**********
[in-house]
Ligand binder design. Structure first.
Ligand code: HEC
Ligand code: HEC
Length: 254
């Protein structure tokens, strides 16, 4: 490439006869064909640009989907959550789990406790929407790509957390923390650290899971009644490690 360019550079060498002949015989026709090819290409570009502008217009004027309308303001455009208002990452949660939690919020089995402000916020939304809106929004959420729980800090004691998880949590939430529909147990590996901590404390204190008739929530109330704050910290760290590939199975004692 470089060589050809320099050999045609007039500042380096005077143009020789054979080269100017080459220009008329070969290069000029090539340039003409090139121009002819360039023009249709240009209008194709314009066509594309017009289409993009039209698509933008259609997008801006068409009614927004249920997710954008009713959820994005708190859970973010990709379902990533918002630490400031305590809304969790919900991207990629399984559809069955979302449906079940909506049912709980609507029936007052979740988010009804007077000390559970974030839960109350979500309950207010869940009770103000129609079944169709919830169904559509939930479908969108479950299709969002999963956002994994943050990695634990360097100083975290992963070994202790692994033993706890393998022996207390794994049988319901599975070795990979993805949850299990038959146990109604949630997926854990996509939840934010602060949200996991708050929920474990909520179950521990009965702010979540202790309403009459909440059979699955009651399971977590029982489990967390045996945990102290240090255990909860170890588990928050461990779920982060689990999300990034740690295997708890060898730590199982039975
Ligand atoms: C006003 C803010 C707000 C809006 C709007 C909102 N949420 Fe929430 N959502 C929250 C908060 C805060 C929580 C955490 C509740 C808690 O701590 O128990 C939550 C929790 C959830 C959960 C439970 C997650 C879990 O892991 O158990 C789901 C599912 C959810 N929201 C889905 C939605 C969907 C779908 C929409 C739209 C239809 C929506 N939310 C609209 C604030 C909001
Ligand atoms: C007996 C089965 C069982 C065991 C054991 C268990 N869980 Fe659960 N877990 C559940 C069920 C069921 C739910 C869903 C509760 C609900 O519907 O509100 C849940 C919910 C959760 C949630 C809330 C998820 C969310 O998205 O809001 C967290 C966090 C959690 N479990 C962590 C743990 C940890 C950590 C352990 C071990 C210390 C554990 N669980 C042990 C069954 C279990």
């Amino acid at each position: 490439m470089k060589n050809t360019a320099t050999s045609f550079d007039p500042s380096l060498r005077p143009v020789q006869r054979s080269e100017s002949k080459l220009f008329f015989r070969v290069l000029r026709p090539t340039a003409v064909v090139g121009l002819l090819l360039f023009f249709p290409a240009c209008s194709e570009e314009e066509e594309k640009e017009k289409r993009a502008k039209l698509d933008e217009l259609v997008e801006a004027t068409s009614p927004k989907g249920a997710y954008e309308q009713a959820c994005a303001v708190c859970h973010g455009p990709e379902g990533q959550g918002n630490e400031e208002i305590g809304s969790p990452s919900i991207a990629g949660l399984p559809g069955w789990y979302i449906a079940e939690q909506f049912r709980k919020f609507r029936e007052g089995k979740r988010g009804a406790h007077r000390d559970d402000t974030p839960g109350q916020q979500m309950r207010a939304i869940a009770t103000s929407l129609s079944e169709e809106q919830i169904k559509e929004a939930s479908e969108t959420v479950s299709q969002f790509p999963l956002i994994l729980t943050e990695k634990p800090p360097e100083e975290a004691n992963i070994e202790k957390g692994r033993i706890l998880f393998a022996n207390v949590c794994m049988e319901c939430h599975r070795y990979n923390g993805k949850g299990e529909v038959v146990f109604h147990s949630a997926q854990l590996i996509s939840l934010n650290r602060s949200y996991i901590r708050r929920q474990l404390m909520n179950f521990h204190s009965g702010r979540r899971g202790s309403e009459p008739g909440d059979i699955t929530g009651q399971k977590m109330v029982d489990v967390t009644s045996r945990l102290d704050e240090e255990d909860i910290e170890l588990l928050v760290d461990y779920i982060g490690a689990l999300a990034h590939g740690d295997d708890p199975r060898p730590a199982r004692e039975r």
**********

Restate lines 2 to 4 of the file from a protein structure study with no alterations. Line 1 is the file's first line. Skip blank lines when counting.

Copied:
Ligand binder design. Structure first.
Ligand code: HEC
Ligand code: HEC